2015 Laureate

Henning Rodhe

For groundbreaking contributions to the understanding of the world’s atmosphere
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Atmospheric detective receives Volvo Environment Prize award for 2015

Henning Rodhe, Professor of Chemical Meteorology at Stockholm University, Sweden, receives the Volvo Environment Prize 2015 for his contributions to the understanding of the world’s atmosphere. His pioneering work explains how gases and particles are transported and deposited and how they affect climate, ecosystems and human health.

Particles and other air pollutants are still a major threat to human health. The formation of so called atmospheric brown clouds is one of the research topics in which professor Henning Rodhe has been involved in recent years. Atmospheric brown clouds are a by-product of road traffic, slash-and-burn agriculture, coal fired power plants, and cooking on dung or wood fires. They are most pronounced in Asia, where they can dramatically reduce sunlight and influence regional climate. The particles in atmospheric brown clouds can penetrate the lungs and are estimated to kill some three million people a year, globally.

When Henning Rodhe started his scientific work in the early 1970s there was little knowledge on how particles and gases were formed and transported in the atmosphere. In fact, when he and re- search colleagues suggested that acidification in lakes and forest soils in Norway and Sweden was caused in part by emissions from coal-fired power plants in Great Britain, they were met with disbelief and dismissed. But later, other scientists confirmed their results, policy and regulations were changed and emissions cut.

Henning Rodhe’s research can be described to some extent as detective work, combining data collection with scientific theories and fieldwork. He has demonstrated that long-range transpor- tation, as for mercury and radioactive fallout, is more widespread than previously believed. The atmosphere can carry particles a very long way, and the fallout and environmental problems can occur where not expected. The recent severe air pollution affecting regions in South East Asia, caused by slash-and-burn in Indonesia, is one example of that.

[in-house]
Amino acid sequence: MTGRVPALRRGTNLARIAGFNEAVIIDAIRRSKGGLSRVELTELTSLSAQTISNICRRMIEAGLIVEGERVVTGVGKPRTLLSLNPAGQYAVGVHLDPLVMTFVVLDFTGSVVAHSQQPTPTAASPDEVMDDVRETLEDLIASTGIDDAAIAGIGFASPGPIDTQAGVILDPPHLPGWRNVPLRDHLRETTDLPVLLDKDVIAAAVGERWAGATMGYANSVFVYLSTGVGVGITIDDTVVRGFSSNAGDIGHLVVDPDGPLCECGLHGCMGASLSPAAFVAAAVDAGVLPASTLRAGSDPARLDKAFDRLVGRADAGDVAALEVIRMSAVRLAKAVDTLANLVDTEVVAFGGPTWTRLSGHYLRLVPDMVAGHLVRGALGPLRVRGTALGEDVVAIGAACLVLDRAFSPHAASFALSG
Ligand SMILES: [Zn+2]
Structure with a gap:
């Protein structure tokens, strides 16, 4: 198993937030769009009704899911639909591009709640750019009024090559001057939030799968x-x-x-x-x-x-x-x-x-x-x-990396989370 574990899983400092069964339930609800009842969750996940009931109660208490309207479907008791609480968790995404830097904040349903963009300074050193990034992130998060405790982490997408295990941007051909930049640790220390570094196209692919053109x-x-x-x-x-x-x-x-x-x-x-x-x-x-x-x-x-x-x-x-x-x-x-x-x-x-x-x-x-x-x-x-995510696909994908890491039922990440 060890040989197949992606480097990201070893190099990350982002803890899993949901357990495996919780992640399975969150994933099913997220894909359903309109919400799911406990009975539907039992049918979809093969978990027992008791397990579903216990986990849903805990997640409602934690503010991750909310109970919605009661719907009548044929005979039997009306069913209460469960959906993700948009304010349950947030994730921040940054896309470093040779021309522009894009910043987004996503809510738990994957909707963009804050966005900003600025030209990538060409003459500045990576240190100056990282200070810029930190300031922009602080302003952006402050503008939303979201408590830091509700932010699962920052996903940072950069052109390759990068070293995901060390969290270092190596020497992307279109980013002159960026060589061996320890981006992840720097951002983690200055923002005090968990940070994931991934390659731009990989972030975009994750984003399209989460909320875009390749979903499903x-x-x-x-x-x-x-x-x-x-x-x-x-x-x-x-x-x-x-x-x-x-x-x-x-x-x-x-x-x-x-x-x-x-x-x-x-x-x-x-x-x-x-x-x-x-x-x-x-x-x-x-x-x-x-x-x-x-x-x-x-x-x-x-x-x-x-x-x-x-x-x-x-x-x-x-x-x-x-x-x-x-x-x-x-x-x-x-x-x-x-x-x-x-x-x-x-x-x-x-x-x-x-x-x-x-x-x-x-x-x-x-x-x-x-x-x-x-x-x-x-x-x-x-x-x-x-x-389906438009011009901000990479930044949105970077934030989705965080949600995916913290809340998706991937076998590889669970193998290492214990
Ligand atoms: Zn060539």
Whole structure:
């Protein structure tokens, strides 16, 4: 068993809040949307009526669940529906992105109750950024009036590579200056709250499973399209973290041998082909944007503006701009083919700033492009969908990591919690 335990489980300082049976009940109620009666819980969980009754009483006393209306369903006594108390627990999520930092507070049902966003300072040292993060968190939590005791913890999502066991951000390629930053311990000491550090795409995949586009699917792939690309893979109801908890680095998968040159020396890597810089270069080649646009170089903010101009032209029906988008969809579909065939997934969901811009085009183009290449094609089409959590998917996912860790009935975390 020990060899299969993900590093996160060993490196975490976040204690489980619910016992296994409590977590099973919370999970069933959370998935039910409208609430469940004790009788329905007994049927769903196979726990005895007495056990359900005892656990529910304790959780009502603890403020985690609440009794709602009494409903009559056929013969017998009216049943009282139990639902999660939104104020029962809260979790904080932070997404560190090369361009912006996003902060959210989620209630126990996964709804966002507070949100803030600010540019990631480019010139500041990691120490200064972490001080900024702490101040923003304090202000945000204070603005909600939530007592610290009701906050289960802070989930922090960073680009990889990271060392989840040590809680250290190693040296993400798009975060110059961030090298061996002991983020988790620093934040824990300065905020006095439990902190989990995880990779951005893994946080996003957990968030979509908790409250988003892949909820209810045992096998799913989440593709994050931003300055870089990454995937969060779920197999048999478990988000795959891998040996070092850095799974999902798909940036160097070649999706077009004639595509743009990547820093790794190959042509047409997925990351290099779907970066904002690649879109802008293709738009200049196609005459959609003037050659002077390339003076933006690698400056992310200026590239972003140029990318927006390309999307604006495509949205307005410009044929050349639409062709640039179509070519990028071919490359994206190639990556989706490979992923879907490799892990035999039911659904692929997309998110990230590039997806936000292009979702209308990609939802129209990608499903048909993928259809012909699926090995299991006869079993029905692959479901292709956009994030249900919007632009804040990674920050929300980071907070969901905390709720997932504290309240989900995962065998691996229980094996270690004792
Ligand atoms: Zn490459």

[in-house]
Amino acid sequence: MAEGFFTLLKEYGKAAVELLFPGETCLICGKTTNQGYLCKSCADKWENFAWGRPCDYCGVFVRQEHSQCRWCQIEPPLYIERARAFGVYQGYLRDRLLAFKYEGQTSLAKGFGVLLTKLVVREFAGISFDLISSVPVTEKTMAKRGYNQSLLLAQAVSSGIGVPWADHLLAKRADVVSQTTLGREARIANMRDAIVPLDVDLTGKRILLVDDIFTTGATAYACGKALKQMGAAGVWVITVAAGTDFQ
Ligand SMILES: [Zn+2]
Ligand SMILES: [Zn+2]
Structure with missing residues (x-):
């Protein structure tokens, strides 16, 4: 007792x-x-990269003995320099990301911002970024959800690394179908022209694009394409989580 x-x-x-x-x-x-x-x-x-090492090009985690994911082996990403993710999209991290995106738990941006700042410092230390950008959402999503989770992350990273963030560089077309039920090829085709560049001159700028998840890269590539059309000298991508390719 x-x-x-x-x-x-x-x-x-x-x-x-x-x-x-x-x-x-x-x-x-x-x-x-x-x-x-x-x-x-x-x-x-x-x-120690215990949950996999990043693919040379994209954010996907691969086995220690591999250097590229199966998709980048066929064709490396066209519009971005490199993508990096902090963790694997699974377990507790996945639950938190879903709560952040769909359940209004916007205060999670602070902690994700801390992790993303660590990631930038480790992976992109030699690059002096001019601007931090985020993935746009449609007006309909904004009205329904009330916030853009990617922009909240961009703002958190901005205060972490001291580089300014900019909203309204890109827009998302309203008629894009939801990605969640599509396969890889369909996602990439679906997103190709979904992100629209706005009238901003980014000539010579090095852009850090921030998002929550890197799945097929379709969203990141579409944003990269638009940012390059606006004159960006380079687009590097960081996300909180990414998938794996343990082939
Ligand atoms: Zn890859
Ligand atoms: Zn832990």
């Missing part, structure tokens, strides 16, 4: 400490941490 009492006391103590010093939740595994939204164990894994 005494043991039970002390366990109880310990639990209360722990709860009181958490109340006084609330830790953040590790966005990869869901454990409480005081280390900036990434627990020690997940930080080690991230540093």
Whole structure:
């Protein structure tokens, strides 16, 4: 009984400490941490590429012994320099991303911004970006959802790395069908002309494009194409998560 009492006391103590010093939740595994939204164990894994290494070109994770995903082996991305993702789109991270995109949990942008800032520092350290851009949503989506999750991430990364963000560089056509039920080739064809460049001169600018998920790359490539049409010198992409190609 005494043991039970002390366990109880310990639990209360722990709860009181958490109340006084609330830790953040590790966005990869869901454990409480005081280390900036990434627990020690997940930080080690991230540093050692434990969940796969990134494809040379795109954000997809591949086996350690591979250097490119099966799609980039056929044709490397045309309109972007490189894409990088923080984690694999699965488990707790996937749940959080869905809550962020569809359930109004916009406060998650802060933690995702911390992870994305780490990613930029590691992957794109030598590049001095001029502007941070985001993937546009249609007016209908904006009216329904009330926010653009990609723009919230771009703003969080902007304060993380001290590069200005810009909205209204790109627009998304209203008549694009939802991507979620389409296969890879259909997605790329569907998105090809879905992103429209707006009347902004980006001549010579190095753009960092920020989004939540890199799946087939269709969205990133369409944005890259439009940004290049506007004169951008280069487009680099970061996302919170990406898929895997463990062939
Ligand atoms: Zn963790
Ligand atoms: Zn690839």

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Henning Rodhe has worked in Europe, Asia and Africa, often becoming a mentor for young researchers in the developing world. He has been a lead author in reports from the IPCC (Inter- governmental Panel on Climate Change), was the director of the International Meteorological Institute in Stockholm for almost 20 years and has been visiting professor at several universities in the US.

Jury citation for the 2015 Volvo Environment Prize laureate

Henning Rodhe has made groundbreaking contributions to the understanding of the world’s atmosphere, its constituents, and why this knowledge matters for our well-being. He built a comprehensive understanding of how particles and gases are formed and transported in the atmosphere. But he hasn’t stopped there. He was one of the first scientists to focus on where atmospheric particles are deposited and how they affect ecosystems and people  – sulfur particles and acid rainfall, aerosol deposition in South and East Asia, long-range transport of mercury, and radioactive fallout from the Chernobyl accident. He has worked in Europe, Asia and Africa, often becoming the mentor and “gentle voice” of young researchers in the developing world. Henning Rodhe is an outstanding atmospheric scientist with 50 years of engagement in and impact on environmental issues.

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